Our firm’s most active practice is drafting drilling and division order title opinions for exploration and production companies. Our philosophy and methods in this practice are based around three key principles.
1. Smart Drafting to Provide Complete Title Coverage
The goal of a title opinion should be to provide a firm basis of the state of title to the client and other readers. Everything that’s pertinent to know about title as of the effective date of the opinion should be revealed within the opinion, without need to look beyond the opinion itself. We always provide a complete discussion relating to the calculation of parties’ interests, the validity of an operator’s oil and gas leasehold estate, and any significant title defects.
Lengthy explanations unrelated to title defects are avoided. Title examinations must balance cost and timeliness when chasing down small issues or matters that do not materially affect oil and gas operations. Any limitations on the opinion should be client driven; otherwise, new title opinions should cover all depths and formations and all relevant information for the lands under review.
2. Useful Format
Oil and gas title opinions should be put into a useful format to the client, while limiting the title attorney’s risk by using exceptions and comments. Our title opinions are traditional in format, which includes a listing of the materials examined, exceptions and qualifications, tract and lease descriptions, basic ownership tables for the surface, mineral, and leasehold estates, net acreage figures, followed by comments and requirements. In addition, we provide a flexible spreadsheet with calculations for every interest, along with additional exhibits listing out encumbrances, leasehold assignments, and important documents.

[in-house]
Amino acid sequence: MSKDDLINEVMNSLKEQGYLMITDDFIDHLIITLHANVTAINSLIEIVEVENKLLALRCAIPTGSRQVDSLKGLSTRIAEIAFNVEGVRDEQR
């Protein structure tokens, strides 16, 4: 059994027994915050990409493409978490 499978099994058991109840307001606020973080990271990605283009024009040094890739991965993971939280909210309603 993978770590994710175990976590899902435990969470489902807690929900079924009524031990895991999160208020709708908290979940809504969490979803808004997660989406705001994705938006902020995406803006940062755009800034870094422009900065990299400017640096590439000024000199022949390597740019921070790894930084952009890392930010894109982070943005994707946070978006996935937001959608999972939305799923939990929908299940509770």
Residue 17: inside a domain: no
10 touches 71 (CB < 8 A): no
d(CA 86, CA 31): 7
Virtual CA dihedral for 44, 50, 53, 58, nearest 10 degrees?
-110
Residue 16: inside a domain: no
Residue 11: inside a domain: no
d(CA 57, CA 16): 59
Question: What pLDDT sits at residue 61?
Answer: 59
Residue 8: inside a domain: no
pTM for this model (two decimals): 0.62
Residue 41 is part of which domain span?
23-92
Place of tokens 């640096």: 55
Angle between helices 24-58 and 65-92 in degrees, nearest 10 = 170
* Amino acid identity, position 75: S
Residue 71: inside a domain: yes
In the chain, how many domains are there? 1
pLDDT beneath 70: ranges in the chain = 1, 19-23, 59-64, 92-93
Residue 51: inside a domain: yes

3. The Buck Stops Here and Avoid Sloppy Mistakes
During drafting an opinion, great care should be taken to ensure accuracy.
The attorney must not conceal information or gloss over possibly severe title issues. The most valuable title opinion provides honesty, clearly laying out all title risks to a client’s future operations.
Title attorneys are often provided title data from the client to prepare a title opinion. The title data can arrive in various formats and can be subject to limitations, including mistakes made by the preparer, incomplete information, or other defects. In addition, sometimes a title opinion is based off an older title opinion drafted by another attorney which could contain mistakes that are either apparent or latent.
The drafting attorney must attempt to recognize significant problems with either abstracts or prior title opinions and make note of these possible issues. In the interest of efficiency, however, the attorney should not try to redo an abstract or prior opinion from scratch. Where information or a new review would be prohibitive based on cost and time, the attorney should note the issue in the opinion or contact the client for further instructions. The drafting attorney must not ignore defective materials, but must work to solve issues prior to delivering the new opinion to the client.
Please contact our firm to learn more about our title opinion practice and how we can help your company with your title needs.